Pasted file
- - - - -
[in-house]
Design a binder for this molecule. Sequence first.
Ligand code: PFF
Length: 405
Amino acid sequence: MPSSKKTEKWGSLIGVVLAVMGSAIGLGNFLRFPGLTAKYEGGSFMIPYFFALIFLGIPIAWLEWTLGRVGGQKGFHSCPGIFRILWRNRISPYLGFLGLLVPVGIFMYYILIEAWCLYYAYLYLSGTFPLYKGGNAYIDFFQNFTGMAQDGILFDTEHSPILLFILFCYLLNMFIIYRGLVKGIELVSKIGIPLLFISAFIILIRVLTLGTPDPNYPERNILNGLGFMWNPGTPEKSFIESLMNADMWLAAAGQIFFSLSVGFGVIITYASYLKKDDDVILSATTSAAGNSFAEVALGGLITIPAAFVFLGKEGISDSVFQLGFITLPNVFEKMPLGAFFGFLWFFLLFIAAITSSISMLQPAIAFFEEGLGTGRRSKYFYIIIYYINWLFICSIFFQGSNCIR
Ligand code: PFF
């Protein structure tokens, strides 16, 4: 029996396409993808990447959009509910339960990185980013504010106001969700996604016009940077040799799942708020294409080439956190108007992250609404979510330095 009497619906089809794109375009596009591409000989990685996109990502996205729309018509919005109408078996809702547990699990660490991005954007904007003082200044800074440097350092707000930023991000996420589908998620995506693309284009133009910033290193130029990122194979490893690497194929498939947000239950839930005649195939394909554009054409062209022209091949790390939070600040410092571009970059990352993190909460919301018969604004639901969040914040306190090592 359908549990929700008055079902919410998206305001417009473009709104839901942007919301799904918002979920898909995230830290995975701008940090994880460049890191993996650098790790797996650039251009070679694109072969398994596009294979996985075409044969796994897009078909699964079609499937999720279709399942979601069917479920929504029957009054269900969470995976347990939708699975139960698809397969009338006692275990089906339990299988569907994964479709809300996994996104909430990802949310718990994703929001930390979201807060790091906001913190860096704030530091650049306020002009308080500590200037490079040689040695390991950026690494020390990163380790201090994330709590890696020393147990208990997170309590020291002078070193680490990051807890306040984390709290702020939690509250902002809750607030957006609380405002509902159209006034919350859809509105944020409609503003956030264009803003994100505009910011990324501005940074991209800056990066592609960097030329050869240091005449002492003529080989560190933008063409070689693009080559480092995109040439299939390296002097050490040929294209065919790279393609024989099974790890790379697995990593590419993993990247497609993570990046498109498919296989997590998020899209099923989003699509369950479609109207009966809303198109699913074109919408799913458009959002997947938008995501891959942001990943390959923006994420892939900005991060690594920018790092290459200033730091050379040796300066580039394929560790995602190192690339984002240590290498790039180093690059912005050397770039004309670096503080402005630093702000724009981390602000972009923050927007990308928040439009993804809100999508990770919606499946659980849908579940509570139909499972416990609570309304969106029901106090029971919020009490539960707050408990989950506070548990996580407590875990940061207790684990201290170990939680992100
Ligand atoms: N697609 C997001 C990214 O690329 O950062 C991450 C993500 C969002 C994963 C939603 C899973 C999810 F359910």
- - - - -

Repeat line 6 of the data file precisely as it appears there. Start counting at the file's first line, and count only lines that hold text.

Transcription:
Ligand code: PFF